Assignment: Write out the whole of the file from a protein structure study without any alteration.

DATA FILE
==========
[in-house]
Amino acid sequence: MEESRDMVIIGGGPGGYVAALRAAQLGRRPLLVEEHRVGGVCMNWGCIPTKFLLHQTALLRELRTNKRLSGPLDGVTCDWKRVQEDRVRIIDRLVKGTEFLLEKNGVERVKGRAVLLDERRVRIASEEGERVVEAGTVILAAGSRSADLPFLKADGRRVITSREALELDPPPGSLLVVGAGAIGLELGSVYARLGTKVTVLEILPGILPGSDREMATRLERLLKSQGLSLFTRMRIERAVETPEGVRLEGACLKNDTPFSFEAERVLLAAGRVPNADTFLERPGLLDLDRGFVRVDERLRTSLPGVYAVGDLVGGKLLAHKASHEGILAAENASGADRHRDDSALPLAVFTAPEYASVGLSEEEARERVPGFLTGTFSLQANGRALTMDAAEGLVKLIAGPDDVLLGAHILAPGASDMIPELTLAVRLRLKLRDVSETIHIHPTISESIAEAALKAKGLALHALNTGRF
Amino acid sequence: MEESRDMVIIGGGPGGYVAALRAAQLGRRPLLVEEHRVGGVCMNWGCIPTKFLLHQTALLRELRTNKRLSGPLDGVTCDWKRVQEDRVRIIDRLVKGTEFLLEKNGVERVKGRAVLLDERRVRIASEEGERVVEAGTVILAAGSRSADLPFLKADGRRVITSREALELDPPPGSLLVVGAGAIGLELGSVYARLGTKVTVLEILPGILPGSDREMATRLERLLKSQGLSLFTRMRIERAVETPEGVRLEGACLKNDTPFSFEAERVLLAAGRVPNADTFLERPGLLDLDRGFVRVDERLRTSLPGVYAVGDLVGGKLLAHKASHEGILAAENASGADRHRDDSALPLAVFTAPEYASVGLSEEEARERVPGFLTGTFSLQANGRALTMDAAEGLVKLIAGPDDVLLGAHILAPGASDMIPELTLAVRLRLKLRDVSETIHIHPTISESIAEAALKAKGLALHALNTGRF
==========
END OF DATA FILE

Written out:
[in-house]
Amino acid sequence: MEESRDMVIIGGGPGGYVAALRAAQLGRRPLLVEEHRVGGVCMNWGCIPTKFLLHQTALLRELRTNKRLSGPLDGVTCDWKRVQEDRVRIIDRLVKGTEFLLEKNGVERVKGRAVLLDERRVRIASEEGERVVEAGTVILAAGSRSADLPFLKADGRRVITSREALELDPPPGSLLVVGAGAIGLELGSVYARLGTKVTVLEILPGILPGSDREMATRLERLLKSQGLSLFTRMRIERAVETPEGVRLEGACLKNDTPFSFEAERVLLAAGRVPNADTFLERPGLLDLDRGFVRVDERLRTSLPGVYAVGDLVGGKLLAHKASHEGILAAENASGADRHRDDSALPLAVFTAPEYASVGLSEEEARERVPGFLTGTFSLQANGRALTMDAAEGLVKLIAGPDDVLLGAHILAPGASDMIPELTLAVRLRLKLRDVSETIHIHPTISESIAEAALKAKGLALHALNTGRF
Amino acid sequence: MEESRDMVIIGGGPGGYVAALRAAQLGRRPLLVEEHRVGGVCMNWGCIPTKFLLHQTALLRELRTNKRLSGPLDGVTCDWKRVQEDRVRIIDRLVKGTEFLLEKNGVERVKGRAVLLDERRVRIASEEGERVVEAGTVILAAGSRSADLPFLKADGRRVITSREALELDPPPGSLLVVGAGAIGLELGSVYARLGTKVTVLEILPGILPGSDREMATRLERLLKSQGLSLFTRMRIERAVETPEGVRLEGACLKNDTPFSFEAERVLLAAGRVPNADTFLERPGLLDLDRGFVRVDERLRTSLPGVYAVGDLVGGKLLAHKASHEGILAAENASGADRHRDDSALPLAVFTAPEYASVGLSEEEARERVPGFLTGTFSLQANGRALTMDAAEGLVKLIAGPDDVLLGAHILAPGASDMIPELTLAVRLRLKLRDVSETIHIHPTISESIAEAALKAKGLALHALNTGRF